The New Yorker: The Critics: The Current Cinema
The New Yorker is not one of those run of the mill magazines. I introduced myself to this magazine a couple of years ago and have been reading it on and off. The nice short story, the witty cartoon and movie reviews of a different kind with many insightful articles on politics and current happenings make this a treat.
Just look at the current review of these two movies. The reviewer is definitely learned in his art.
Anyway, coming to the point, the point of violence in movies discussed in this review is something I have thought of many times. We profess non-violence in everyday life. We are, to some extent, horrified by the violence we read about in newspapers. But movie violence is of a different category. We seem to be relishing it. The box office numbers show this to be a fact. But only if the killing(s) are done artfully.
Is this plain hypocrisy on our part ? Or is it one of those sub-conscious instinctive things in us ? We vicariously live through the movie as one or more of its characters and kill or are killed in them. But we do so within the comfortable confines of our movie seats. We pay to watch the movie, are entertained for a few hours and forget the movie eventually. I am sure we will abhor violence in and near our homes.
The point made by Orson Welles reproduced in this review is quite remarkable and goads us to look into ourselves. My take on this is as follows: human society has forever been violent. But in recent years, the conflicts have reduced and have made us see the benefits of peace and living without conflict. But our subliminal desires have to be satisfied in one way or the other. Reading about violence and watching violent scenes in movies may quench this desire to some extent.
The same thought applies in case of violent video games. In video games, we kill virtual characters ourselves. Though these 'characters' are ultimately programming constructs, they are alive as far the context of the game goes. In real life, we wouldn't condone even a thousandth of the violence in these games. But we do not mind killing these virtual villains in a mass of blood and gore. This also has the detrimental effect of desensitizing children's minds towards violence.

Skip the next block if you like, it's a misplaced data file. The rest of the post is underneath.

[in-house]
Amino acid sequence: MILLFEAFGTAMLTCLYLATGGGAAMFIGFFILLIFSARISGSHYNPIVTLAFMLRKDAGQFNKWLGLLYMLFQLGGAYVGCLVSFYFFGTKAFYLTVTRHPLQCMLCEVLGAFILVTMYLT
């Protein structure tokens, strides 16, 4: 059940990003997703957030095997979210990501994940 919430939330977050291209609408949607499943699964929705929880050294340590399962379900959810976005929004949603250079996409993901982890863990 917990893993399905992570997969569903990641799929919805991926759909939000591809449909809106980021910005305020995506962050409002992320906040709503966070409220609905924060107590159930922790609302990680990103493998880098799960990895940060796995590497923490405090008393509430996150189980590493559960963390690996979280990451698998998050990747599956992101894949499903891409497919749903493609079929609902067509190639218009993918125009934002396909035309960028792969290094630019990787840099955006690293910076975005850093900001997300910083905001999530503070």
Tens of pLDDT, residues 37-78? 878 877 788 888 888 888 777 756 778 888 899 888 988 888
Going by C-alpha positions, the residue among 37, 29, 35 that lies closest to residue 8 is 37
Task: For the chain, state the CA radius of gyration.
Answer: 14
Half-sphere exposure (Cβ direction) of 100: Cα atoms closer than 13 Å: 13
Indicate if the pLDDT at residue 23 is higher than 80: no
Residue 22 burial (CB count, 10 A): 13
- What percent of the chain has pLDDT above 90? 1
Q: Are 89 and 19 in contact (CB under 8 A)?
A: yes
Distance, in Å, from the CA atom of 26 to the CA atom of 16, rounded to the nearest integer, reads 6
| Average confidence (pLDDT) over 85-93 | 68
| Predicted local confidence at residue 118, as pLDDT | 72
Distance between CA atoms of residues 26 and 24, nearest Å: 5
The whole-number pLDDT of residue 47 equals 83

I cannot help but think of karma in this context. During a discussion on the Advaita-L list, a list member brought up a similar point and I was made to think more on this topic. Karma accrues when there is doership on the part of the kartA or the doer. While watching a movie or playing a game, we implicitly take on the role of a character in it. We identify with them and engage in some 'action', even if only through our mind. We distinctly remember how we 'killed' a character in the game. If we kill somebody in real life we would still remember that action later. As far as memory goes, there is no difference between those of these real and virtual incidents. Is there any other kind of difference ? One aspect, I must stress, is that we know that the characters in the games are mere virtual constructs. But by choosing to play the game and indulge in violence as necessitated by it, IMO, makes us parties to violence.
During sandhyAvandanam every day, we refer to sins committed by 'manasA vAchA hastAbhyAm'. The above action, IMO, can be classified as a mAnasika action and hence it seems to be the case that sin is definitely accrued.
But another question is one for which I don't know the answer to myself. When is an action deemed to be complete to cause karma ? At what point in time ? During mere contemplation of the action ? After its performance ?
So the point that I wanted to make essentially is that we have to look inside constantly to be on guard for such tendencies. Good actions are to be practiced through good thoughts. Good actions reinforce good thoughts and vice-versa. This is a positive cycle and will cause much benefit.
But thinking is easier than enforcing it in our lives and the latter is what needs to be done.
Anyway, the thesis of this is that we cannot enjoy even simulated violence without associated guilt and karma. If somebody who reads this disagrees, we can definitely have a discussion.